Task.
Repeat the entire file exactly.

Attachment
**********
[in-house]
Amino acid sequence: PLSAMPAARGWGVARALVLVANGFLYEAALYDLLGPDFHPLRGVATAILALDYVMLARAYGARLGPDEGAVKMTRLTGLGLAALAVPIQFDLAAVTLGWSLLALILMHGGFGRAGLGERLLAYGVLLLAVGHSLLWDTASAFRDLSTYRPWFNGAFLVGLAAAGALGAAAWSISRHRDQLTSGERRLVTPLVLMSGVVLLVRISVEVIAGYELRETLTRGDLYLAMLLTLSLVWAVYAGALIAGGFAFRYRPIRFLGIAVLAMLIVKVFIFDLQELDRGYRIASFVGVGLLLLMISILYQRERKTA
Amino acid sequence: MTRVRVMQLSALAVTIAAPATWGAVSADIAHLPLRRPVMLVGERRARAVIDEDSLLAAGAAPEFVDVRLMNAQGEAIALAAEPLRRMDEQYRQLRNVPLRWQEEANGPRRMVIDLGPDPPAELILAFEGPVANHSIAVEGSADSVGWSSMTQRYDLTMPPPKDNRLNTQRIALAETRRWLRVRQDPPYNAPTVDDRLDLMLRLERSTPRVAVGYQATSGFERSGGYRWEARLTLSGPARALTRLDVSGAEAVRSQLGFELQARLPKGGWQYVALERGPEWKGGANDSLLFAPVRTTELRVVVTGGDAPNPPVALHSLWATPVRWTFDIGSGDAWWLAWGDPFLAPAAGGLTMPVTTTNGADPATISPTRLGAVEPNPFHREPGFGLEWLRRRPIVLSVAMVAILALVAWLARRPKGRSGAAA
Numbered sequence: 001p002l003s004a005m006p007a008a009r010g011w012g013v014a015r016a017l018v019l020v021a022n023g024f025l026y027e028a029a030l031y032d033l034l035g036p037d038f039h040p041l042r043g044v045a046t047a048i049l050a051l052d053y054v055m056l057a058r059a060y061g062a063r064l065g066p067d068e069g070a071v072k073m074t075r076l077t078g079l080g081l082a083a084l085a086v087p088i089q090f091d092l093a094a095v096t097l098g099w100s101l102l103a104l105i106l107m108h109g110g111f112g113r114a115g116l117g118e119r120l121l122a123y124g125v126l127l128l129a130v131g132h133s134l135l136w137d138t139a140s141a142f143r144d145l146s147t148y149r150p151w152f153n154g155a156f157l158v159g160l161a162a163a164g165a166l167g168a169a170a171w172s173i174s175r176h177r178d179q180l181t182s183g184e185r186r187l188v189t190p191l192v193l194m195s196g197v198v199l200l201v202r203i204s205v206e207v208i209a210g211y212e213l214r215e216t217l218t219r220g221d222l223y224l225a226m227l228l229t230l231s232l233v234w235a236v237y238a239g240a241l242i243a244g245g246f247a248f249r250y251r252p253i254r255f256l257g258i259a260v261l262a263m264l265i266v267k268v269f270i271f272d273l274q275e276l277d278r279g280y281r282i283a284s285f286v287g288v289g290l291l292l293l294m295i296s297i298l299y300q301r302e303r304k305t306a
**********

[in-house]
Amino acid sequence: PLSAMPAARGWGVARALVLVANGFLYEAALYDLLGPDFHPLRGVATAILALDYVMLARAYGARLGPDEGAVKMTRLTGLGLAALAVPIQFDLAAVTLGWSLLALILMHGGFGRAGLGERLLAYGVLLLAVGHSLLWDTASAFRDLSTYRPWFNGAFLVGLAAAGALGAAAWSISRHRDQLTSGERRLVTPLVLMSGVVLLVRISVEVIAGYELRETLTRGDLYLAMLLTLSLVWAVYAGALIAGGFAFRYRPIRFLGIAVLAMLIVKVFIFDLQELDRGYRIASFVGVGLLLLMISILYQRERKTA
Amino acid sequence: MTRVRVMQLSALAVTIAAPATWGAVSADIAHLPLRRPVMLVGERRARAVIDEDSLLAAGAAPEFVDVRLMNAQGEAIALAAEPLRRMDEQYRQLRNVPLRWQEEANGPRRMVIDLGPDPPAELILAFEGPVANHSIAVEGSADSVGWSSMTQRYDLTMPPPKDNRLNTQRIALAETRRWLRVRQDPPYNAPTVDDRLDLMLRLERSTPRVAVGYQATSGFERSGGYRWEARLTLSGPARALTRLDVSGAEAVRSQLGFELQARLPKGGWQYVALERGPEWKGGANDSLLFAPVRTTELRVVVTGGDAPNPPVALHSLWATPVRWTFDIGSGDAWWLAWGDPFLAPAAGGLTMPVTTTNGADPATISPTRLGAVEPNPFHREPGFGLEWLRRRPIVLSVAMVAILALVAWLARRPKGRSGAAA
Numbered sequence: 001p002l003s004a005m006p007a008a009r010g011w012g013v014a015r016a017l018v019l020v021a022n023g024f025l026y027e028a029a030l031y032d033l034l035g036p037d038f039h040p041l042r043g044v045a046t047a048i049l050a051l052d053y054v055m056l057a058r059a060y061g062a063r064l065g066p067d068e069g070a071v072k073m074t075r076l077t078g079l080g081l082a083a084l085a086v087p088i089q090f091d092l093a094a095v096t097l098g099w100s101l102l103a104l105i106l107m108h109g110g111f112g113r114a115g116l117g118e119r120l121l122a123y124g125v126l127l128l129a130v131g132h133s134l135l136w137d138t139a140s141a142f143r144d145l146s147t148y149r150p151w152f153n154g155a156f157l158v159g160l161a162a163a164g165a166l167g168a169a170a171w172s173i174s175r176h177r178d179q180l181t182s183g184e185r186r187l188v189t190p191l192v193l194m195s196g197v198v199l200l201v202r203i204s205v206e207v208i209a210g211y212e213l214r215e216t217l218t219r220g221d222l223y224l225a226m227l228l229t230l231s232l233v234w235a236v237y238a239g240a241l242i243a244g245g246f247a248f249r250y251r252p253i254r255f256l257g258i259a260v261l262a263m264l265i266v267k268v269f270i271f272d273l274q275e276l277d278r279g280y281r282i283a284s285f286v287g288v289g290l291l292l293l294m295i296s297i298l299y300q301r302e303r304k305t306a